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Friday, November 02, 2012

Simple, Effective, and Cheap Bullet Proofing

Ever wonder what it takes to bullet-proof yourself?
That is what I am going to graze the surface of today.

But first, I want to thank you all for being my
subscribers.  In the past couple of weeks, we have
added many new names to the list of passionate
strength enthusiasts who have come on board.

To all of you, welcome aboard.

Now on to today's topic, bullet-proofing.

By bullet-proofing, I am talking about doing 
everything you can to avoid injury.

There are so many ways you can get hurt if you
train hard and play hard.  You have to always be
thinking ahead.

We have to stay flexible, mobile, stable, strong, 
elastic, reactive - and the "buzz words" go on and on.

One of the injuries that is most important to prevent
is wrist injuries.

They might not keep you from playing, but they
often just nag you at random times.  They're gone
long enough for you to forget them and then all of 
a sudden they come up to bite you.

Soon, they get into your mind and before you
know it, you are thinking about all the time, even
when you aren't even playing sports or training in 
the gym.

My specialty when it comes to injury prevention is
the lower arms.  In my experience, if you train them
from all angles in balance, your risk of injury and
accompanying worry is greatly reduced, so check 
out this post on how to prevent wrist injuries on
my other website,

This article contains 4 exercises that you can do with
the equipment you most likely already have to start
building your hardened exoskeleton and bullet-proofing
your lower arms and hands.

And if you don't have the stuff, you should get it, 
because they are all priceless pieces of training gear
for the grip and forearms.

= = = = = = = = = = = = = = = = = = = = = = = = = 
= = = = = = = = = = = = = = = = = = = = = = = = = 

Hope you enjoy it.  Any questions, just leave a
comment at the site.

All the best in your training and bullet-proofing efforts.


P.S.  Like I said above, there are many things you need
to be aware of to stay at 100%.  Today's post will get
you started on one of them.  Implement these things
today so you can make yourself more injury-resistent.

Thursday, November 01, 2012

9 Tips on Injury Prevention

Over the summer, I was performing Strongman 
Shows at the Fayette County Fair in Dunbar, PA.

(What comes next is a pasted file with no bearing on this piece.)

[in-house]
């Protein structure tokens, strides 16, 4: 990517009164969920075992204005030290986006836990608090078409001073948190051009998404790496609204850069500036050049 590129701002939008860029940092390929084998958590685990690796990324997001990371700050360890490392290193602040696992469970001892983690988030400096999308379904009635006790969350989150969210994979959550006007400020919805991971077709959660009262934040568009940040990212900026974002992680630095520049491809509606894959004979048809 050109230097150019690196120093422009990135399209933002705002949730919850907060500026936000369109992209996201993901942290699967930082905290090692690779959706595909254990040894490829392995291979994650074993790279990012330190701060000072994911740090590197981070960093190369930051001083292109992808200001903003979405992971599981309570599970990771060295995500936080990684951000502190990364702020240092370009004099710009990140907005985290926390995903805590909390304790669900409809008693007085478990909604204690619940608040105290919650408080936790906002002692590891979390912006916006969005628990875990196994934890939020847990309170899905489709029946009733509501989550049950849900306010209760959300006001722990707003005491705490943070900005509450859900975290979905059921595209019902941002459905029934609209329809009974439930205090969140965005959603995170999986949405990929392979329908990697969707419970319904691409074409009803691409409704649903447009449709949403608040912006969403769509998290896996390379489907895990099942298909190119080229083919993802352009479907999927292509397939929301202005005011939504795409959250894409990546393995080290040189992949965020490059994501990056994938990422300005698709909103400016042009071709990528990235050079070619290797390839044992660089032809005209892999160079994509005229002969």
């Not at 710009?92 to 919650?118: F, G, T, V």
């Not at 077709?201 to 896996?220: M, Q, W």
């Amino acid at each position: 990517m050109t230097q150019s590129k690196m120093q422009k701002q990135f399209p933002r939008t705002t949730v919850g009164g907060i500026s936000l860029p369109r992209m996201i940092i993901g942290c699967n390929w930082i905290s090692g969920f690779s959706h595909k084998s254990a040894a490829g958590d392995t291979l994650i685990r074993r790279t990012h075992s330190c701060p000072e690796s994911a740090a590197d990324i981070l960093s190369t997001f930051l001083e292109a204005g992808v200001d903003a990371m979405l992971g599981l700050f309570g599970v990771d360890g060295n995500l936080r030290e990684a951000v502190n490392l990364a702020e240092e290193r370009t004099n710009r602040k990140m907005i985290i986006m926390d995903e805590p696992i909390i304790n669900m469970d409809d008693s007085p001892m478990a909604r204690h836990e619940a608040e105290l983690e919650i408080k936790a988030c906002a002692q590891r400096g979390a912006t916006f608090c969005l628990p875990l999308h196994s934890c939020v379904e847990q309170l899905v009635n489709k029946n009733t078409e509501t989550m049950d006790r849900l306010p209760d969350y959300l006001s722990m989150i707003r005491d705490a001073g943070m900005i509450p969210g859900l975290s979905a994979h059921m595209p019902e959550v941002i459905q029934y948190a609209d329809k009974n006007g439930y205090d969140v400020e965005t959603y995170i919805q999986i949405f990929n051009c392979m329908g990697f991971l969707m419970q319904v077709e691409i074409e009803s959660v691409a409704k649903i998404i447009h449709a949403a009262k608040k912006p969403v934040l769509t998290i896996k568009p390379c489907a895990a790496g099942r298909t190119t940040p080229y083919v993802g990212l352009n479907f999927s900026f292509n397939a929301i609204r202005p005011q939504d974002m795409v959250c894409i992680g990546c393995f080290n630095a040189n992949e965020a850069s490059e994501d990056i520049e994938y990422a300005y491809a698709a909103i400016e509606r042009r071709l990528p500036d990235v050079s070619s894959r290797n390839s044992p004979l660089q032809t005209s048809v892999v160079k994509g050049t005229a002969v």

It was a great time and the kids
and parents alike seem to have enjoyed watching
me bend horseshoes, tear cards, and bend spikes
while lying on the bed of nails.
This was the first time I ever performed
Strongman Shows of this kind, so it 
was a bit of a learning experience.
One of the main things was having to go from
totally cold to being able to perform at a very 
quick rate, to avoid injury.
So, I am going to list a few of the things I am
doing to stay injury free while doing the shows.
I realize not all of you perform strongman 
exhibitions, but if you compete at Grip Sport,
Strongman, Powerlifting, or other sports where
you cycle bouts of activity and inactivity, then 
keep these tips in mind.
= = = = = = = = = = = = = = = = = = = 
1.  Stay Hydrated
I have written several times about  the importance
of staying hydrated.  Your muscles just won't work
if you don't have enough fluid in your body, and 
a couple days have been in the 90's so fluid loss 
happens quickly.
To stay hydrated, I hit my regular two glasses of 
water when I wake up in the morning, and
continue to do so throughout the day.
This has kept away the dreaded full body cramping
that my buddy John Beatty warned me about due
to lack of hydration and salt.
2.  Get Enough Vitamins
After the first day, I was feeling run down and
realized I wasn't getting enough fruit and veggies.
I have still not found a booth selling this stuff
at the fair so I bought a bunch of oranges, bananas,
berries, nuts, and mixed veggies at Walmart.  
This made a huge difference for me.
3.   Get Enough Salt
I mentioned the nuts that I am eating throughout
the day.  I also have a back of sunflower seeds.
From my old baseball days, I can crack sun-
flower seeds like a champ.  I don't do it during
the shows of course, but they are helping me
keep some salt going into my body.
I also grab a few slices of bacon from the 
breakfast bar and stick those in a little baggie and